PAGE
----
Problem with "Hair" Growing in Arboreal Tank - HELP!

hcsk8ter

Arachnopeon
Joined
Jan 7, 2007
Messages
43
Hi,
To house my 1" poecilotheria fasciata I used about a quart size container filled with about 3" of 50/50 peat moss/topsoil I also got some bark off a tree in my backyard which I use for a hiding spot and a climbing area. The bark, peat and topsoil were heated in an oven at 425 degrees for about 1 hour.
At first it was eating crickets. It has since stopped so I thought, maybe its molting. Hasn't molted, still won't eat but now I see this white "hair on only one side of the bottom of the tank. At first I thought it was webbing beacause it is only dispersed on half of the bottom of the enclosure. But now I am beginning to think it is mold/fungus.
Please check out this picture:



1. Is this mold/fungus or webbing?
2. If its is mold/fungus how do I get rid of it?
3. Why isnt it eating? It's abdomen is very small (I received it a week and a half ago in the mail.)
4. It has hid under the small bark hide you see in the pic underneath the "hair". What should I do?

Thanks in advance.
 
Last edited:

verry_sweet

Arachnobaron
Old Timer
Joined
Jul 22, 2006
Messages
569
Wow that doesn’t look all that good at all. To start you need more air holes around the sides of the container not just at the top. Ventilation is key. I see a lot of mold in there…the hide needs to be removed ASAP. Have you pulled out the crickets that were not eaten? Have you even seen the spider lately? To be honest I would just go ahead and rehouse the P. fasciata there is just too much mold in there. Here is a container I’m getting ready for a new occupant. Notice all the air holes melted in to the sides there are a lot on the lid as well.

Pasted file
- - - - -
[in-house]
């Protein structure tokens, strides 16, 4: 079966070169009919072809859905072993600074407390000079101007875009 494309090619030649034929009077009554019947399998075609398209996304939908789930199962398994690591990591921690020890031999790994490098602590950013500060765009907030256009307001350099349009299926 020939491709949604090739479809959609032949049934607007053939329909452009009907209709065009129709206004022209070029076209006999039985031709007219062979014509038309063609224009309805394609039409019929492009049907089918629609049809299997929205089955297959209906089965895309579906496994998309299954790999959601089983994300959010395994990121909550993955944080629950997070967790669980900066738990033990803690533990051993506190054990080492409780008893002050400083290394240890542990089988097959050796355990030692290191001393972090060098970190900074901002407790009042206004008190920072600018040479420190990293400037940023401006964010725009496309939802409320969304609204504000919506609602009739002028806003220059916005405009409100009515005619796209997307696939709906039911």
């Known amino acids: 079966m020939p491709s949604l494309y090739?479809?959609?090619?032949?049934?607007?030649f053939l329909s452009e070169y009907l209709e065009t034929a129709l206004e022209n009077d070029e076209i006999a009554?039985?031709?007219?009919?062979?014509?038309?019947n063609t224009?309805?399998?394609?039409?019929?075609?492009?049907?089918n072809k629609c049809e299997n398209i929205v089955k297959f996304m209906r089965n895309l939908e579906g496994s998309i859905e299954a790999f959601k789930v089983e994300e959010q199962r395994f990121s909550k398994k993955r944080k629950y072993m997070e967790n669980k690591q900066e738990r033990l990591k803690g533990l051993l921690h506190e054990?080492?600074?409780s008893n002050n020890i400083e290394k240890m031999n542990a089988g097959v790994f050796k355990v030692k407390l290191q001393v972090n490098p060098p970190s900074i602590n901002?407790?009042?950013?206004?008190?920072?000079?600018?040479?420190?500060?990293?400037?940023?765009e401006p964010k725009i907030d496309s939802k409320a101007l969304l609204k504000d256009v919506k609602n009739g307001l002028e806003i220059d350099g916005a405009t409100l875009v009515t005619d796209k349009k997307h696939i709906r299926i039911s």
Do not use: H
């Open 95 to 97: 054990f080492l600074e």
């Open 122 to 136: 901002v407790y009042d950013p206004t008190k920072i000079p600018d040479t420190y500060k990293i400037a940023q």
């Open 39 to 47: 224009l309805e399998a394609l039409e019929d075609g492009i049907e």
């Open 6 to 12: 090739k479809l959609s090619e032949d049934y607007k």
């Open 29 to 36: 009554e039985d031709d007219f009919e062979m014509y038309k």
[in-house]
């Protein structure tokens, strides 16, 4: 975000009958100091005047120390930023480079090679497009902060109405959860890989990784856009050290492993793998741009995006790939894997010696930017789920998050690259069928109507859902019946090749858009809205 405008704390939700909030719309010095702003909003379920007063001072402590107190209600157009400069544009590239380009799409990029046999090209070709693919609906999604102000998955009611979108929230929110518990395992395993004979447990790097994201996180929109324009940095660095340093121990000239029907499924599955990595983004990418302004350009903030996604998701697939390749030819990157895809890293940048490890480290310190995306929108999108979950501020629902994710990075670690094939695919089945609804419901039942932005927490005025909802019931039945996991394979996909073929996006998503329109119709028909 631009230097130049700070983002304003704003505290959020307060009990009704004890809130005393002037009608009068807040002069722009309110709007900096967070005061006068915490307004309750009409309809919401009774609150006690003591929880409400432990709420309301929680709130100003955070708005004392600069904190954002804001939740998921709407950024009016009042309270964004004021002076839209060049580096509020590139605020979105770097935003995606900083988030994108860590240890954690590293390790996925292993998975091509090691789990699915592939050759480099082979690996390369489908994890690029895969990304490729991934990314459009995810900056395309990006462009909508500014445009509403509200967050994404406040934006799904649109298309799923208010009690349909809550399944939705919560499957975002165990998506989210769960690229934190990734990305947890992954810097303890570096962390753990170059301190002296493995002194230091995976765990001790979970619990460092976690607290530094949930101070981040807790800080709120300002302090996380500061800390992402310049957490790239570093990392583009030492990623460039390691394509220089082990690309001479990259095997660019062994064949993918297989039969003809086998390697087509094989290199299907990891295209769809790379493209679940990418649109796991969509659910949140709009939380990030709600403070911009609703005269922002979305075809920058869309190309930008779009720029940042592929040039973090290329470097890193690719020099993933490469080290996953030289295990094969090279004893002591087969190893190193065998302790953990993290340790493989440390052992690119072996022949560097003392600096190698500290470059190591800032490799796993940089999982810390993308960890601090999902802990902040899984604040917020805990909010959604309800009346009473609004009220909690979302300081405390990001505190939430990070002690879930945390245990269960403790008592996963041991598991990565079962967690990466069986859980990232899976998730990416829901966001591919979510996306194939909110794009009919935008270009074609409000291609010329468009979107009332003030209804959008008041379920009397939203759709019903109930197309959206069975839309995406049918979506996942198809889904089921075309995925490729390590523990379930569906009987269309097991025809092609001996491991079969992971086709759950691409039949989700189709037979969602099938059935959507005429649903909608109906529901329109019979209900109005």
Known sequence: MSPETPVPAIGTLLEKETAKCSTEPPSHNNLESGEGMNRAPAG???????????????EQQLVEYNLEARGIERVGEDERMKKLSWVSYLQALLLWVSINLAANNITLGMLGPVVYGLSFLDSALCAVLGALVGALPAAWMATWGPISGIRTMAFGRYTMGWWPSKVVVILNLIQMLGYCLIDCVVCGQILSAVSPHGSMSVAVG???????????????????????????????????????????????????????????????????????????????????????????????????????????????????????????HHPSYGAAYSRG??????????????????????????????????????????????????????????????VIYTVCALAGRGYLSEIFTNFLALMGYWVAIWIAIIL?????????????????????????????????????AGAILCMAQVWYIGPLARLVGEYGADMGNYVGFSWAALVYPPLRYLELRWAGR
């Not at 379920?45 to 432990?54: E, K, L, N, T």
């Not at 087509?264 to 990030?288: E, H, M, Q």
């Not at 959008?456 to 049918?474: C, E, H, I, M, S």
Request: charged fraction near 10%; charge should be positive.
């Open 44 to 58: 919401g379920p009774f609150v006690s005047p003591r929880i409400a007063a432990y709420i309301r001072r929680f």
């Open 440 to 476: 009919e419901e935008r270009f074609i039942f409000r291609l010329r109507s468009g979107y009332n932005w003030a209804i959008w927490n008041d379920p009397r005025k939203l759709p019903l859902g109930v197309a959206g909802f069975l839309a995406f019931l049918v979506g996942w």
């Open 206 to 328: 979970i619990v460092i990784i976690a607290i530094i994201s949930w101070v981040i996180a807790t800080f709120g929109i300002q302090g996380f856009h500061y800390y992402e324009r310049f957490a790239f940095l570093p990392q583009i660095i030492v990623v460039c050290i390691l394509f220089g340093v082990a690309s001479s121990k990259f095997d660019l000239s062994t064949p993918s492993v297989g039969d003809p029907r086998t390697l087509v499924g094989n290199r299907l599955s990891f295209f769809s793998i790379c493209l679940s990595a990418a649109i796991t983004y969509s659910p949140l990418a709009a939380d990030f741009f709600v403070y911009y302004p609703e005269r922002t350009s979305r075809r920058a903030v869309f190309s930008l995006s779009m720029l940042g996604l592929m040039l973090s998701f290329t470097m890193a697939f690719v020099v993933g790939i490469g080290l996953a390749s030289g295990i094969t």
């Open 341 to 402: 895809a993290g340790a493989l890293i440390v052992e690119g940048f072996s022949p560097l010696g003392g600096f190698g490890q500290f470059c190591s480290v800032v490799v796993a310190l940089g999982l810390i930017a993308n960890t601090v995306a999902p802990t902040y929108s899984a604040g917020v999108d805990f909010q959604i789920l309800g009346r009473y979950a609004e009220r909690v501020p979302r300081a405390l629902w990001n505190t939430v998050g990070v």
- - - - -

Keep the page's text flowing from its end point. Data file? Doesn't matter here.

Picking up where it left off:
Good luck
 

edie

Arachnoknight
Old Timer
Joined
Dec 20, 2006
Messages
225
i would change all that soil asap. and more holes would help a lot.
try to find all dead crickets too, they can cause nasty stuff to pop up especially in a moist environment
 

brandi

Arachnoknight
Old Timer
Joined
Oct 19, 2004
Messages
155
Dude, that is a lot of mold! Your post says you used topsoil and bark from your back yard. That, combined with lack of ventilation, is probably the problem. Often baking will not eliminate all of the mold spores, and even at that high of a temp, many spores could survive for a short duration like that.

First, you need to get that spider out ASAP. Put him in a totally clean environment until you get the cage reset.

Second, dump *everything* out of that container. Clean the container and lid with a bleach solution and then poke about a jillion holes in it.

Start over with fresh substrate. Lots of people like peat but I find it tends to mold easier than coconut bark. Good luck!
 

Taceas

Arachnolord
Old Timer
Joined
May 12, 2006
Messages
659
I would say lack of ventilation and perhaps a lack of picking leftovers out would be the main culprit. I don't really see mold spores surviving 425* for an hour, but I guess anything is possible.

I would remove the spider from that enclosure and wash it as suggested with a diluted bleach solution, making sure to rinse well. I would also drill more holes in the container for much more ventilation. A few down at substrate level and some up at the top, so it gets cross ventilation.

Replacing the substrate with fresh and ordering some cork bark, which is naturally mold resistant for any moist enclosure needs is always a good bet.

Lots of people use potting soil I've seen, so it may just be that source of soil. I find it funny that someone mentioned peat molding more than coconut, when the pH of peat is so acidic its usually quite fungus resistant.
 

metzgerzoo

Arachnoangel
Old Timer
Joined
Dec 12, 2003
Messages
984
Why did you bake the peat and top soil? The bark I can understand because it came from your yard but what kind of bark was it? When you bake bark, first make sure that the bark you are using doesn't have anything on it. Scrub it under hot water first, then bake it at a low temperature, about 200 F. for about 20 minutes. The problem with baking at high temperatures and/or for long periods of time is that not only do you kill the bad bacteria that causes molds, fungus and such, you also kill the beneficial bacteria that prevents its growth. So basically, by baking it that long at that high of a temperature, you rendered the bark, peat and soil *more* susceptible to molds because nothing is left in it.
Definitely rehouse, clean that out real good with very hot water and vinegar and put a lot more air holes in it.

I've rarely ever had a problem with peat molding in high humidity containers. Cork bark though, that stuff seems to go in spurts. Sometimes it doesn't ever mold and sometimes all it does is mold up.
 
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